A Look Into The Hiring Process
So, you’re a hiring manager. What fun!! The question is, where do you start when you need to hire for an open position? Anyone can interview and hire people. Those blessed with a good HR department have it better than most. However, making sure you have the right people in the right positions, doing the right things is something that takes a lot more than luck. Consider the variables that go into hiring decisions:
• What are my strategic and tactical goals and objectives?
• What is the culture of my organization and what culture do I want to create in my team?
• What am I willing to live with, and what am I not willing to live with in my people?
• What are my team dynamics, and what do I want them to be?
• What are the gaps in my team, and how do I hire to fill those gaps?
• How do the different personalities of my team members impact our success and each other?
• How do I source candidates that will fit the positional, team, organizational and cultural needs?
• How do I know if candidates are “the right fit”?
• Is my hiring process objective and meet my hiring guidelines and regulations?
• How do I know if I am getting the full story on candidates?
The questions go on and on.
Having spent the last 25+ years as a hiring manager and a consultant to organizations of all sizes, these are common concerns I have found expressed. While there are no “perfect” candidates, there are many candidates that will be the right fit for your needs. Finding them in the vast ocean of candidates is a challenge.
As mentioned earlier, having a good HR department can be a real boost in this effort, but they will not have the perspective that you will, the experience that you do, or the accountability that you have in achieving your goals. The hiring process must be driven by you, the hiring manager. You are the only one that has the entire picture in mind.
Hiring can be one of the most daunting tasks. There are so many pitfalls, and the impact to your team and your organization can be huge, either in a positive or a negative way. There is time involved in filling an open position that sometimes feels like a full-time job in itself! Then there is the fact that very few organizations truly train their hiring managers in good hiring practices.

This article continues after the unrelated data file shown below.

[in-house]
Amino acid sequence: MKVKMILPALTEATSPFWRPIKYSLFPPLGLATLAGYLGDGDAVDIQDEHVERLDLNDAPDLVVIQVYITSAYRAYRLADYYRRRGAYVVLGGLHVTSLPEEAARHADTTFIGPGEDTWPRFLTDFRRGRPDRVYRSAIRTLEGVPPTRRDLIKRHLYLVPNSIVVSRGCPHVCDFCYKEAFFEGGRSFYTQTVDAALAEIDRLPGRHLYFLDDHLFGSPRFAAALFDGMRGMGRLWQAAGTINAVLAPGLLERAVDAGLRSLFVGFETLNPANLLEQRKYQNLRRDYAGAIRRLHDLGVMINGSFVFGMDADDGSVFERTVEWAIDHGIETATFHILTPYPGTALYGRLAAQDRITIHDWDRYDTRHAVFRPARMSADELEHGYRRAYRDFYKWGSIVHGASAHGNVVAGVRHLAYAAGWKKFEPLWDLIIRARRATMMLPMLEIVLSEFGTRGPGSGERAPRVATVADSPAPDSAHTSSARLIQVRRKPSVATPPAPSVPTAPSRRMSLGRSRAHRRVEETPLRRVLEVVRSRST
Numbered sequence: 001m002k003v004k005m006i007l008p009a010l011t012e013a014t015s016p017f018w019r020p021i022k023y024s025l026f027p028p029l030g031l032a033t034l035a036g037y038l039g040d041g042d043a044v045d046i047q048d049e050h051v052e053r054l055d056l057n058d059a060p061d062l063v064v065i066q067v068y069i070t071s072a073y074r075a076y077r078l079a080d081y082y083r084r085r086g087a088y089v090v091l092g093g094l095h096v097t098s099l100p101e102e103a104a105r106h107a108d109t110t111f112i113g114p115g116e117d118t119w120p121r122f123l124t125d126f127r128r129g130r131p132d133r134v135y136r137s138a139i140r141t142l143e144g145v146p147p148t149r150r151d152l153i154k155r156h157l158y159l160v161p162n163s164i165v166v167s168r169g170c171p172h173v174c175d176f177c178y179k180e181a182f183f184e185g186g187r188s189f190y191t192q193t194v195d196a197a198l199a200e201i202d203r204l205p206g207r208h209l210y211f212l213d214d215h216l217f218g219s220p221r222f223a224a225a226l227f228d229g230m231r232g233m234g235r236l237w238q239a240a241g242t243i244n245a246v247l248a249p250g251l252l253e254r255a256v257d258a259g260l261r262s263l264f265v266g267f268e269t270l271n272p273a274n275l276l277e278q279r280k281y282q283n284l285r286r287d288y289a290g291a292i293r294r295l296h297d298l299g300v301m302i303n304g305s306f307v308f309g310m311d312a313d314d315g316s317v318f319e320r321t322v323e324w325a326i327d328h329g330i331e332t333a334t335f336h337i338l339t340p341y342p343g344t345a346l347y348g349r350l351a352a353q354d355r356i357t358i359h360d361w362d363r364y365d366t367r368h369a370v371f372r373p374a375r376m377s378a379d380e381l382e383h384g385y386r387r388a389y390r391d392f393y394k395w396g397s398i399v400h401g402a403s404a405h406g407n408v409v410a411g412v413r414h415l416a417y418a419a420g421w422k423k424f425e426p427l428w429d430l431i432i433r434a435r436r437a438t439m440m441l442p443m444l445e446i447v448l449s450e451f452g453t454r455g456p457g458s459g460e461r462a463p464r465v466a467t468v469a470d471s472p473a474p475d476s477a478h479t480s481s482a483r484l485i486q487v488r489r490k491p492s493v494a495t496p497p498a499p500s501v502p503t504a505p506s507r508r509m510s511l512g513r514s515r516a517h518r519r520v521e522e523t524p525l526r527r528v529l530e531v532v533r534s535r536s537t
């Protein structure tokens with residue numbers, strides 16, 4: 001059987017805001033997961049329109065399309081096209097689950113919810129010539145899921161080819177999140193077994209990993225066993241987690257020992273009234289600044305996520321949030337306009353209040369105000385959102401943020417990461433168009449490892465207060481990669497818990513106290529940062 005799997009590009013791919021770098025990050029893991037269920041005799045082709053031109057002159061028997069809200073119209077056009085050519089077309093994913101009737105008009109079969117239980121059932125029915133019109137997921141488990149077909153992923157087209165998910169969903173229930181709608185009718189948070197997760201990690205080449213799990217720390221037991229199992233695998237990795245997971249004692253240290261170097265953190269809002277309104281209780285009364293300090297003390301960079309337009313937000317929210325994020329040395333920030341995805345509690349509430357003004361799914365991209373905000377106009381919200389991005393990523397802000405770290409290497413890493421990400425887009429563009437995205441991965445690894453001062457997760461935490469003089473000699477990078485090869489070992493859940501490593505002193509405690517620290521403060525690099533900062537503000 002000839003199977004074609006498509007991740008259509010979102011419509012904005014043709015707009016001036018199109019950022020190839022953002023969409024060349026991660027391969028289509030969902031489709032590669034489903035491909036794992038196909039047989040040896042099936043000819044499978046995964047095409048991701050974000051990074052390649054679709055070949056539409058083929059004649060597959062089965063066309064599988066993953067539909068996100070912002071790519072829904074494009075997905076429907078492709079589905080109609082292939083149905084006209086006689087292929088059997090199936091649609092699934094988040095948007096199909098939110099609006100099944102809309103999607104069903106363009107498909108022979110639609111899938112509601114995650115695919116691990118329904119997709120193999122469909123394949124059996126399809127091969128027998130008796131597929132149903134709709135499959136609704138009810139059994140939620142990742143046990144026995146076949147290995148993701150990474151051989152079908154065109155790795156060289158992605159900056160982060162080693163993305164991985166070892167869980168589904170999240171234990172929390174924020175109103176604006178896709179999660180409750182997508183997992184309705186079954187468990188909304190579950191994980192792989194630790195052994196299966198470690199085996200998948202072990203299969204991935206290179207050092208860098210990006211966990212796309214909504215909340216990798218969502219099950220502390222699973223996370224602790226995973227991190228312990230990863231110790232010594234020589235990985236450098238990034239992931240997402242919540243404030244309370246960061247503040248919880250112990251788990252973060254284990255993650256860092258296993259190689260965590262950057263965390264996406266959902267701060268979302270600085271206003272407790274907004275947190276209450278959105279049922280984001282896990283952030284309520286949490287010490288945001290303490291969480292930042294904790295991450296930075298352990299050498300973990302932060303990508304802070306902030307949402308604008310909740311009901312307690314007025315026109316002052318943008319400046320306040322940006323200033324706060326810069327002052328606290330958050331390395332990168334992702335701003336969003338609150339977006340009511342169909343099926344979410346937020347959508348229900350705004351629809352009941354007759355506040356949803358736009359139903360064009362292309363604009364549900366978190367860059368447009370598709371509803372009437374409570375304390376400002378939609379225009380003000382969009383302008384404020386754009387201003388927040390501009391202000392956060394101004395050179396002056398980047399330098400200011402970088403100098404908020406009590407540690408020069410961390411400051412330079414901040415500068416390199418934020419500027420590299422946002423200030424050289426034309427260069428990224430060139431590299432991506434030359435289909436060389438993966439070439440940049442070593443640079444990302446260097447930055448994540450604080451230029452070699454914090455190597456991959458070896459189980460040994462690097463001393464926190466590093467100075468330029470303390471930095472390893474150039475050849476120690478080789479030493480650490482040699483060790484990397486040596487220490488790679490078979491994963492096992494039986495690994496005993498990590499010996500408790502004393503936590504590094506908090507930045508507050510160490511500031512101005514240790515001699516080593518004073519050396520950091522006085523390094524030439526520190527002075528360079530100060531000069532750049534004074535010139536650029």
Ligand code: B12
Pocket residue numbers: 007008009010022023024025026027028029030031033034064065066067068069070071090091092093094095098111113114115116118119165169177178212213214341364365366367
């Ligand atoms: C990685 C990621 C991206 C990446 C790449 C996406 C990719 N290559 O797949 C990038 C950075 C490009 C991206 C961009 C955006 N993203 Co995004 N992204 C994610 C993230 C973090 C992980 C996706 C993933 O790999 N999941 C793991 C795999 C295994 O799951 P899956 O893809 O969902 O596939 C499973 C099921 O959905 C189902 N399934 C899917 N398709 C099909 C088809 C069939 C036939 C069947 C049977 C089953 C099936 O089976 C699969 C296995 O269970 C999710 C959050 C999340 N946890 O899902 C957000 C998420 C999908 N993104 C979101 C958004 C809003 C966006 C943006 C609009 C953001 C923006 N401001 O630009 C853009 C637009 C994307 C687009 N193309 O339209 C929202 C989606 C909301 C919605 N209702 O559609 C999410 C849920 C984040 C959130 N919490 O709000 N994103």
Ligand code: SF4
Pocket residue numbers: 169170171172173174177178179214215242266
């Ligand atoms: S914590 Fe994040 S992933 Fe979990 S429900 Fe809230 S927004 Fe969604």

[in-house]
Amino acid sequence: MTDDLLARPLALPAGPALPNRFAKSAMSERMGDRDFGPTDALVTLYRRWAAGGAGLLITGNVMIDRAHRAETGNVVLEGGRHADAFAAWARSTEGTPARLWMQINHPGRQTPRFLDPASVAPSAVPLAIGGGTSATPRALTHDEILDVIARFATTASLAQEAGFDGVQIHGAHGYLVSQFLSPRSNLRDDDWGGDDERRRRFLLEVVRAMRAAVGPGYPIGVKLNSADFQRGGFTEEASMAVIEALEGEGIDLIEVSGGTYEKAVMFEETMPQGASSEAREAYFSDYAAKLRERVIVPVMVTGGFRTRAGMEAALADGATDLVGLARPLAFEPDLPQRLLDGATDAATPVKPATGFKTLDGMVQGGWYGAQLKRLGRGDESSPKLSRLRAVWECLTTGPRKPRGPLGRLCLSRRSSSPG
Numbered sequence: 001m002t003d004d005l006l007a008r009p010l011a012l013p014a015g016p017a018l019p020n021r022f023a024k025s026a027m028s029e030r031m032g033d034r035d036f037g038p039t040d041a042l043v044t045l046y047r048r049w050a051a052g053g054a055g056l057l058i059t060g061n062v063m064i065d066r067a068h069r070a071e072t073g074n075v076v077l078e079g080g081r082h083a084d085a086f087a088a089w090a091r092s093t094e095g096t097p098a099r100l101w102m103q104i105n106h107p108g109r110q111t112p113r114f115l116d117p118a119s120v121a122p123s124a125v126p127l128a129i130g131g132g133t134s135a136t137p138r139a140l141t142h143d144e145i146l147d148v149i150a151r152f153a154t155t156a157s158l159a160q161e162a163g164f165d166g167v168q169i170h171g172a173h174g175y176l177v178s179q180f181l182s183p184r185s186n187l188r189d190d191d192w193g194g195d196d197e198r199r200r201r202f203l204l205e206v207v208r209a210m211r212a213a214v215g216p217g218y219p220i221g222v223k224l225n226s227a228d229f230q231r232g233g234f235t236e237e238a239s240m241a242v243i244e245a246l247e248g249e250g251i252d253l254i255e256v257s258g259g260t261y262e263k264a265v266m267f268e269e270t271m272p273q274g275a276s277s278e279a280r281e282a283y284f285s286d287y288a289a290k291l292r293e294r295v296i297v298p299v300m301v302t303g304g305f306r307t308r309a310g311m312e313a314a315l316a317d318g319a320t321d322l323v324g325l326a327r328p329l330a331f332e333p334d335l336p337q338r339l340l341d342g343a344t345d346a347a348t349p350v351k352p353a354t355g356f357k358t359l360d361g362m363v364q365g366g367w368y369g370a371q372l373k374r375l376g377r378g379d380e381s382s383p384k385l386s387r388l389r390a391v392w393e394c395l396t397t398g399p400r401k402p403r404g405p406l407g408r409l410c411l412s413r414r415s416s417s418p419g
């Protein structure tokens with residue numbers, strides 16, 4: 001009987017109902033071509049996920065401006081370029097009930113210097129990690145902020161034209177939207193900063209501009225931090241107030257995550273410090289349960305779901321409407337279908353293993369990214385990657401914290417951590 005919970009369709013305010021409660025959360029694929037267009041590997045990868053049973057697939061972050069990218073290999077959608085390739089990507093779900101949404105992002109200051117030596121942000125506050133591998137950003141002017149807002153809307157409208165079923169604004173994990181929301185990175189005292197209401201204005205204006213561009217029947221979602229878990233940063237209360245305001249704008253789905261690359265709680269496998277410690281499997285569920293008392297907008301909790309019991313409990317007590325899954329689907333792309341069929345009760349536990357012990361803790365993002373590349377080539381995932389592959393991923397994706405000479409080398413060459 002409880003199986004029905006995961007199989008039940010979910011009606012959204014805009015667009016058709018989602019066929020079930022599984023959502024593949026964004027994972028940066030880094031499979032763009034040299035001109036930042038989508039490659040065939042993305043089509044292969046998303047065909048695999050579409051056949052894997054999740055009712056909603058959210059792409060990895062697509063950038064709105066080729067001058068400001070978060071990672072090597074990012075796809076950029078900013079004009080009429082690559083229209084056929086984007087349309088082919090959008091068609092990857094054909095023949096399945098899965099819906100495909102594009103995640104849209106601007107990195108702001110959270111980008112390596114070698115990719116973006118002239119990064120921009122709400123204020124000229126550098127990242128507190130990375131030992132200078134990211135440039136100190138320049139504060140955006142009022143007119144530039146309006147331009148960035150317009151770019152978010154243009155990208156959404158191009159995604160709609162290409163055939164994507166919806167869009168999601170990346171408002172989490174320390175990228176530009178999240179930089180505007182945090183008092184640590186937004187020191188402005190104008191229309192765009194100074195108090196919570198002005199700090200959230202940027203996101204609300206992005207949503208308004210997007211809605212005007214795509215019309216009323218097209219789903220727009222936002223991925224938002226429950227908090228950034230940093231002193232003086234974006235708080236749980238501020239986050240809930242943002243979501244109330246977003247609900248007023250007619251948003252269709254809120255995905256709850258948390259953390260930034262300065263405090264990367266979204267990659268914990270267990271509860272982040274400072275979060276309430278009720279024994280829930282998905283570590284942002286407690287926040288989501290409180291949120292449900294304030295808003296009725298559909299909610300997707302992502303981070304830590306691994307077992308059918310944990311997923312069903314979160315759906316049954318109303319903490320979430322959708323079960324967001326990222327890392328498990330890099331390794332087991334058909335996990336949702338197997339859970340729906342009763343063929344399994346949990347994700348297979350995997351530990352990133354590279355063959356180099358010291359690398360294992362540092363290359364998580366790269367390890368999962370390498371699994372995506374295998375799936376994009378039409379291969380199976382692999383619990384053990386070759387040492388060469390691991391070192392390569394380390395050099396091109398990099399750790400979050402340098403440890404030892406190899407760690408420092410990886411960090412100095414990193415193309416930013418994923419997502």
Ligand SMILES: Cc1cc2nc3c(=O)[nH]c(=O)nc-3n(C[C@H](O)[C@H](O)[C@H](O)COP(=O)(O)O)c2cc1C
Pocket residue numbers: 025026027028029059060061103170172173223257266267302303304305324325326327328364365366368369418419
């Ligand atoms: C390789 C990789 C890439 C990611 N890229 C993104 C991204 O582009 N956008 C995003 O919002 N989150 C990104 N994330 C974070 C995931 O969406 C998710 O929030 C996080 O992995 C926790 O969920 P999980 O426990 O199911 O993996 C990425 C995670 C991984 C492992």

Let me state emphatically that the most important assets of any organization are their people, and the hiring decision is the most critical people decision you can make.
Think about it. How much time and energy are spent on bad hires? Most of us have experienced that at least once. The average cost of a bad hire is 2-7 times annual compensation. In a producing position, it can be significantly higher due to opportunity cost (lost donations due to non-performance).
Hiring is not a focus on where candidates are acquired. Potential employees can be sourced by you and your organization, a retained search firm (a service of Goodner Strategic Consulting), referrals, or a variety of other means. Hiring is a focus on defining your strategic goals and objectives, understanding your culture and how that relates to building a successful team, and creating an objective hiring process that will consistently identify quality candidates.
Having been a hiring manager for over 25 years, I have learned many tips and tactics to ensure that the hiring process is as effective and painless as possible. One of the key lessons I have learned is “don’t settle”! Don’t settle for the best candidate. Wait for the right one. As a wise psychologist once told me, “Well, there’s good news and bad news. I can point to the pick of the litter, but the bad news is that it’s not a very good litter.” In the rush to fill a position, many hiring managers settle for the best they can find. Most of the time, this does not work out for the long-term.
To build a sustainable “Best in Class” producing team, there must be an integrated approach to hiring and onboarding that includes a clear understanding of the important aspects involved.
Read A Strategic Perspective to continue this blog series.